By motion dated December 25, 1862, the Judge, Sydney A. Hubbell, ordered United States Marshal Abraham Cutler to attach Baird’s property. On July 23, 1863 a hearing was held, at which William H. Henrie testified that he had seen Baird with General Henry H. Sibley, and that he was “assisting, aiding and abetting in said rebellion against the government of the United States.” Continuing, he stated that Baird was “openly and publicly with them and when they retreated from the Territory he left with them with his family.” Based on this evidence, the Court, on February 9, 1863, condemned the property and ordered that it be sold at the door of the Courthouse of Bernalillo County by the United States Marshal. Cutler, after giving proper notice by publication, sold Baird’s Ranch, during his natural lifetime, to Samuel Archer at a public auction held on October 5, 1863 for $1,350.00.[7] By virtue of such sale and deed, Archer took possession of the ranch and continuously possessed the property up until the time of Baird’s death.

 Following the war, Baird moved to Golden, Colorado and re‑entered the active practice of law, specializing in land grant matters. He died, intestate, of a heart attack on June 5, 1872 while attending court at Cimarron, New Mexico in connection with the litigation over the Maxwell Grant.[8] Upon his death, title to the ranch automatically reverted to his widow, Cassandra E. Baird, and their three children. One child died intestate shortly thereafter, and the other two conveyed their interest in the property to their mother.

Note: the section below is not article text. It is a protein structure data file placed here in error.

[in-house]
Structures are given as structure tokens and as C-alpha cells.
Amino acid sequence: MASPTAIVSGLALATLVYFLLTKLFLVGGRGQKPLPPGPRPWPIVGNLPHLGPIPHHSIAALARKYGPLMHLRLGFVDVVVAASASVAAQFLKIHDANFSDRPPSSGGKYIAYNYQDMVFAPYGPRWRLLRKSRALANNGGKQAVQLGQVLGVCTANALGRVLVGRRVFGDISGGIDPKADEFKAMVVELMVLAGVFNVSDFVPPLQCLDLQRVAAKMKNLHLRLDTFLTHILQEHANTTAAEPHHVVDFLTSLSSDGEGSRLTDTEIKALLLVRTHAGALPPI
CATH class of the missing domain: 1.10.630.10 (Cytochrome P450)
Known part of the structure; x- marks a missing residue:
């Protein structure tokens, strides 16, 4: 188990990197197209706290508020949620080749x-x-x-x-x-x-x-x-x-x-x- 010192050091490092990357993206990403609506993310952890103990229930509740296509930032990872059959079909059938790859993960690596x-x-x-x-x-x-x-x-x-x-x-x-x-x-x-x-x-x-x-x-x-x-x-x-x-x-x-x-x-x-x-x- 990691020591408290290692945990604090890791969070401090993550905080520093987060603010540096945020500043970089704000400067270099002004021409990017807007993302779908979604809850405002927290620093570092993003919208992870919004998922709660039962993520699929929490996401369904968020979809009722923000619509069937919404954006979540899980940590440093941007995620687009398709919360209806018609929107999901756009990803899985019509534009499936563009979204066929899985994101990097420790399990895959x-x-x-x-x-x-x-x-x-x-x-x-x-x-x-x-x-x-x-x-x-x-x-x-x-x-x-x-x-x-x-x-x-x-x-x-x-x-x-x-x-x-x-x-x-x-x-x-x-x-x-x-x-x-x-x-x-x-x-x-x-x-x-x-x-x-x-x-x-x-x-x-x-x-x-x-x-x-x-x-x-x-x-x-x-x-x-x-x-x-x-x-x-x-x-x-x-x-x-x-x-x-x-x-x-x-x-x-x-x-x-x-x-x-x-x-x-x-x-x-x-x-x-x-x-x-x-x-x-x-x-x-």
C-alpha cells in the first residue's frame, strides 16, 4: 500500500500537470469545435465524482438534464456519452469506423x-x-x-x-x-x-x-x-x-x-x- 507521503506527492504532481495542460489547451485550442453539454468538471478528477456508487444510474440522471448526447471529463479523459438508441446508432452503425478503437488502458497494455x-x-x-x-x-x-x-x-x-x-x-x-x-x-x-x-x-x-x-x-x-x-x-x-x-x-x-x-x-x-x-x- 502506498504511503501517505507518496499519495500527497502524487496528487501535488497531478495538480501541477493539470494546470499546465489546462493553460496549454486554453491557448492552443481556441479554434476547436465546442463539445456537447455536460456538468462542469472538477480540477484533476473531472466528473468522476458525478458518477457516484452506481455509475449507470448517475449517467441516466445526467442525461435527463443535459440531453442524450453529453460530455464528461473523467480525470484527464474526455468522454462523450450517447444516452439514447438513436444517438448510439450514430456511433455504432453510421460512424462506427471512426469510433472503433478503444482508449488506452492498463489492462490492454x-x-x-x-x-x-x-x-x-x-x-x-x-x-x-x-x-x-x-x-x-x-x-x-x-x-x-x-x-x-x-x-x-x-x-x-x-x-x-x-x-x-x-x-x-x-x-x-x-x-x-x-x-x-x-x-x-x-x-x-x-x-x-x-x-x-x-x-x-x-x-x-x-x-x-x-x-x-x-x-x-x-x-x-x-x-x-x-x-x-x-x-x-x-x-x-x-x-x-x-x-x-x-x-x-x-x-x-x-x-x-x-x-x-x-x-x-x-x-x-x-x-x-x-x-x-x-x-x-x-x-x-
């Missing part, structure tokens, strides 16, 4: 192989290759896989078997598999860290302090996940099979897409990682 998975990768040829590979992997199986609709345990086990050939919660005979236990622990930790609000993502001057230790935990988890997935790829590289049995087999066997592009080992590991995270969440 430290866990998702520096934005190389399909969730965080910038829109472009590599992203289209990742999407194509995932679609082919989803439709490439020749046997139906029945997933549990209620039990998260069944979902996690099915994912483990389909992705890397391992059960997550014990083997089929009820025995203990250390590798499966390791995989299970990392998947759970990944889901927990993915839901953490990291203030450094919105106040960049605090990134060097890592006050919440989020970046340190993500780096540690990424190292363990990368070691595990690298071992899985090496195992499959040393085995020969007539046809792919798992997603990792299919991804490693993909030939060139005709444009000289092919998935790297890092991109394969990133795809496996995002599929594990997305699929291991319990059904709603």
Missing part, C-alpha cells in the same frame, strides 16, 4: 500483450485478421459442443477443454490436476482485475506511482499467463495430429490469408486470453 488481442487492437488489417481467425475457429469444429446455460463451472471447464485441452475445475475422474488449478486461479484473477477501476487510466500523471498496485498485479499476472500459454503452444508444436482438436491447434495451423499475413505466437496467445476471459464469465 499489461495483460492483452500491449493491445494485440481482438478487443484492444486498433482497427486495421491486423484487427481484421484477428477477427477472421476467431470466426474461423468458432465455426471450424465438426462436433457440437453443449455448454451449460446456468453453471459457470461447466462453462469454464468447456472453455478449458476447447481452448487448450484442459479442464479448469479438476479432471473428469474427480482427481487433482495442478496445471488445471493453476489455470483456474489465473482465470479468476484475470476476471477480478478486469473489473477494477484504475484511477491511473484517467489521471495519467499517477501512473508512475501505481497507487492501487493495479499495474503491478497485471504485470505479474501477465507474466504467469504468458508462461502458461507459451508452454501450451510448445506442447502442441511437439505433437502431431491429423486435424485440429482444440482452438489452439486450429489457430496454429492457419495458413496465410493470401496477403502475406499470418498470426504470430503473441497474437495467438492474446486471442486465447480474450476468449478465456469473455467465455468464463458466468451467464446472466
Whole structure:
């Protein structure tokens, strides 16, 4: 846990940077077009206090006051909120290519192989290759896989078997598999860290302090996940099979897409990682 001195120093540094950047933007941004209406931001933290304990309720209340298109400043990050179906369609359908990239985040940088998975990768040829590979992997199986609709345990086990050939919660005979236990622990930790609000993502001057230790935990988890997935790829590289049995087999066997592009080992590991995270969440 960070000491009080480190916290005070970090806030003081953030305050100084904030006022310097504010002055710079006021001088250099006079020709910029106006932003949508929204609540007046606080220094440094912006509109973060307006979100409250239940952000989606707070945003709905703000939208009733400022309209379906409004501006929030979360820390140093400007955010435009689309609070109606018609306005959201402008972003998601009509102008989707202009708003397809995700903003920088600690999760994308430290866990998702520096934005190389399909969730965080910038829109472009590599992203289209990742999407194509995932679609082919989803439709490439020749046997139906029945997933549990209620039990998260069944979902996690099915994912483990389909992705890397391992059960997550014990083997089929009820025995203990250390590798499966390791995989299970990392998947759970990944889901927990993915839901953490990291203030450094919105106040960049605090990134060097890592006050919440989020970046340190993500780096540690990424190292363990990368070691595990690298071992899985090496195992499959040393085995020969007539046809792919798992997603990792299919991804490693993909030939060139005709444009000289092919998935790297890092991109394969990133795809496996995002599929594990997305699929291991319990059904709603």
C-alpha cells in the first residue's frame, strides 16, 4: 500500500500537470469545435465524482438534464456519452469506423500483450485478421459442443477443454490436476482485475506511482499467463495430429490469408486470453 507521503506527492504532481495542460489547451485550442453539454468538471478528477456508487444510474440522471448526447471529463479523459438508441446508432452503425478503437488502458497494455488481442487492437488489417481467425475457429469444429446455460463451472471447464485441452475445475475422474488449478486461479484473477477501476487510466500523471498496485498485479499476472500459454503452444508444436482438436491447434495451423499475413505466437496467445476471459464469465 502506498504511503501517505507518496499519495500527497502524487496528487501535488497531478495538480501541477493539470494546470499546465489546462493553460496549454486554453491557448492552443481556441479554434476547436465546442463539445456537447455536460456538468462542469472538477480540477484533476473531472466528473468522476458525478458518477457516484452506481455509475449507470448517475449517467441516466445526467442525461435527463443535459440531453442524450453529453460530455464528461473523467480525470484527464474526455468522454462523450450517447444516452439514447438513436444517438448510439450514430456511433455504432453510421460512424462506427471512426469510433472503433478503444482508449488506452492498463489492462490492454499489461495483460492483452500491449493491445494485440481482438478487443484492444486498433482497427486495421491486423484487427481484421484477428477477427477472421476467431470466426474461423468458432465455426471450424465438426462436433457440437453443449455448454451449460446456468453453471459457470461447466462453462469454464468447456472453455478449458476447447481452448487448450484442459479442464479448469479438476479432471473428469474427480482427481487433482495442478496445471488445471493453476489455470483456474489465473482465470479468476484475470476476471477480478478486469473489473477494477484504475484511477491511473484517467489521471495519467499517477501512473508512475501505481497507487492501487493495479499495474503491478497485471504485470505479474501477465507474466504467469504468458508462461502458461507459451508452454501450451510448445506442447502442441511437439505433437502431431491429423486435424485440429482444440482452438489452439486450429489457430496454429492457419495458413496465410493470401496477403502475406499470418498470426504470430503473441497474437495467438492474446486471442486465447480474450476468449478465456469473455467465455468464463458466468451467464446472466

Cassandra E. Baird filed suit[9] in the Court of Private Land Claims against the United States on September 4, 1892, seeking the confirmation of her title to the Baird Ranch, or the Rancho del Chino Tejano, as it was sometimes called. She alleged that the grant, which covered 33,696 acres, had been granted by or under authority of the King of Spain, and afterwards conveyed by the grantee to her husband. However, she was unable to produce any evidence of the grant, since, through the fault of the government, a part of the archives in which the expediente was filed had been lost. She stated that the testimonio of the grant papers and the mesne conveyances to Baird were in a baggage wagon of the Confederate Army, which was captured by the Union troops in Bernalillo County during the Southerners’ retreat from New Mexico,[10] and all of the muniments of his title were destroyed. However, in support of her claim, she pointed out that Baird’s title had been recognized by the United States in the confiscation proceedings when it found that he was “lawfully seized and possessed of the tract” on March 4, 1862, when he collaborated with the enemy. The government, in turn, raised a number of special defenses to the recognition of the claim. It contended:

1. The confiscation proceedings were void, because they were not based upon a seizure order issued by authority of the President.